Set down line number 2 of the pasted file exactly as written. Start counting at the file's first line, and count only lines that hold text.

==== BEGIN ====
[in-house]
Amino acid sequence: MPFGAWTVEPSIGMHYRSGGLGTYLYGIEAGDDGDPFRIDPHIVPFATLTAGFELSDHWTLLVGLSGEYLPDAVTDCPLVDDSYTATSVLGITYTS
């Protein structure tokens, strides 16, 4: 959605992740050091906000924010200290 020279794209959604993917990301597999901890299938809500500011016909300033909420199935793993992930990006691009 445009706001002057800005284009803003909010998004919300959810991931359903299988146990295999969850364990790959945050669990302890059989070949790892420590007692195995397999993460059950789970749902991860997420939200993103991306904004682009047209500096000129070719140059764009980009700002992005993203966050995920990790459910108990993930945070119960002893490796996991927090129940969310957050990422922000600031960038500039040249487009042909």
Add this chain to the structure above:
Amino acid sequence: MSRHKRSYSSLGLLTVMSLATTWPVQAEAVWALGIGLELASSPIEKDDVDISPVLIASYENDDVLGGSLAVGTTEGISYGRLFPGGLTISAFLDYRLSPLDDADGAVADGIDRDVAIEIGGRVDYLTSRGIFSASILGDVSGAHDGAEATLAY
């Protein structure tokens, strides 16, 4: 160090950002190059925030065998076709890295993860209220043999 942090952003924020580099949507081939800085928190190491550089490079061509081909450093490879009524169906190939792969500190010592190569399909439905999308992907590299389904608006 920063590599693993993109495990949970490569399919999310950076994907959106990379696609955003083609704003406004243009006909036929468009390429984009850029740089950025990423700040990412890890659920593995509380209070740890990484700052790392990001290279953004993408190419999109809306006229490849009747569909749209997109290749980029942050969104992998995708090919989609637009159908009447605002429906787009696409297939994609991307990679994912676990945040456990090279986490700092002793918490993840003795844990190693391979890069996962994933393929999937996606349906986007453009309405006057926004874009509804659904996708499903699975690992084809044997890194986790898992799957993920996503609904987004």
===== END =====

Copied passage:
Amino acid sequence: MPFGAWTVEPSIGMHYRSGGLGTYLYGIEAGDDGDPFRIDPHIVPFATLTAGFELSDHWTLLVGLSGEYLPDAVTDCPLVDDSYTATSVLGITYTS